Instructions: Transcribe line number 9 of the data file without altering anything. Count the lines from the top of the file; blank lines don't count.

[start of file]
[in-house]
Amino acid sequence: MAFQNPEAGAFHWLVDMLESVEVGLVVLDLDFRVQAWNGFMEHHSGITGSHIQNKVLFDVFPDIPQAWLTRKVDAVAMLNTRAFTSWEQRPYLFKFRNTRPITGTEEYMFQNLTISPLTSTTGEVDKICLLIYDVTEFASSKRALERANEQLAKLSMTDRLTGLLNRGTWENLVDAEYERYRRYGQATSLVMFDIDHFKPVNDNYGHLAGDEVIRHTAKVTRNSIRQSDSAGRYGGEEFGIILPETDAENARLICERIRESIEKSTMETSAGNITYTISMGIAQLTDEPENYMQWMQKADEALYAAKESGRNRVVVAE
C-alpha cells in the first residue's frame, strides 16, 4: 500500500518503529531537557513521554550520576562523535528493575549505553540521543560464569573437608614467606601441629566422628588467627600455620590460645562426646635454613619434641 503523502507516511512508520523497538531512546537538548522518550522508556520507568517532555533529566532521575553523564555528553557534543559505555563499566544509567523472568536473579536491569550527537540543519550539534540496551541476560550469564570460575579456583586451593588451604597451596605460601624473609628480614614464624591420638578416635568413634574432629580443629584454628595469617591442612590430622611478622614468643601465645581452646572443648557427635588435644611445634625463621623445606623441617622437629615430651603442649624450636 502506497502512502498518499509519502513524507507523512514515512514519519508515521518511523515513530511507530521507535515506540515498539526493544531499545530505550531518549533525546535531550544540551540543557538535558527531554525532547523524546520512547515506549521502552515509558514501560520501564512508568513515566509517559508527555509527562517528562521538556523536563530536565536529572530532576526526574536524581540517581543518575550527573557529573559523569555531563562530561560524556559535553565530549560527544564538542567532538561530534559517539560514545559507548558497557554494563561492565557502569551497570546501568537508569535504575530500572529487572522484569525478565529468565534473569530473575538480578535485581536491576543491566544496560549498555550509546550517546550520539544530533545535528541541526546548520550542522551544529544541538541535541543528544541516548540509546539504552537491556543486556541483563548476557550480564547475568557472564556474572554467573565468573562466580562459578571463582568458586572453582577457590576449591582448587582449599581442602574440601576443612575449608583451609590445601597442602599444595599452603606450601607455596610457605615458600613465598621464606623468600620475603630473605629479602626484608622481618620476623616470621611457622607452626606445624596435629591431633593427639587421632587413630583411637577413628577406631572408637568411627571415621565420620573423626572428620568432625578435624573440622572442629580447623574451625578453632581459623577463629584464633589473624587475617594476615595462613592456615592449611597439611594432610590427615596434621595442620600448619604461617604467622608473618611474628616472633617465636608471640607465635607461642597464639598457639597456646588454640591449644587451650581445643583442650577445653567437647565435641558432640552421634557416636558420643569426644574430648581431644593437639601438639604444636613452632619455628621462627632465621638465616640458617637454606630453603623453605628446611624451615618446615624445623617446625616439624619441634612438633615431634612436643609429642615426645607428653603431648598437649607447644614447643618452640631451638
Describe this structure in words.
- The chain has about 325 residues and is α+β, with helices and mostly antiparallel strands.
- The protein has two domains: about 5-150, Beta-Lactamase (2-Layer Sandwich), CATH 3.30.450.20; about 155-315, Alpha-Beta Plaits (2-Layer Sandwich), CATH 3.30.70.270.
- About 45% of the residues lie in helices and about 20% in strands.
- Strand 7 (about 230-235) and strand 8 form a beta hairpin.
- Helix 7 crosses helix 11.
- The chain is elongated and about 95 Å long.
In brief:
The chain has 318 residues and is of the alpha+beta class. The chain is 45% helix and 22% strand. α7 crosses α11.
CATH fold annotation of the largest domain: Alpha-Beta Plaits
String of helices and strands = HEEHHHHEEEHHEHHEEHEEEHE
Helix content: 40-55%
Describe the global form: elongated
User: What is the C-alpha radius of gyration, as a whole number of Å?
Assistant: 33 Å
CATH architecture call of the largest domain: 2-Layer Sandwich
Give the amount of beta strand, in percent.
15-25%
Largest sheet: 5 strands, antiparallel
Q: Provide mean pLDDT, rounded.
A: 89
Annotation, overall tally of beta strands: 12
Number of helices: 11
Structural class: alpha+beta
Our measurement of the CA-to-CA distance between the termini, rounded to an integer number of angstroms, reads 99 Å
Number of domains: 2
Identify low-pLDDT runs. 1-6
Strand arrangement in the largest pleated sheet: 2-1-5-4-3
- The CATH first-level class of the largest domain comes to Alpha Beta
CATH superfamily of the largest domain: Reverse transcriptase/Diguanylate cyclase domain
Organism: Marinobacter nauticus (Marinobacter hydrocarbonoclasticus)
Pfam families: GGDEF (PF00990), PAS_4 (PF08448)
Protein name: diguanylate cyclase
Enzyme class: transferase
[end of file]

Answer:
- Helix 7 crosses helix 11.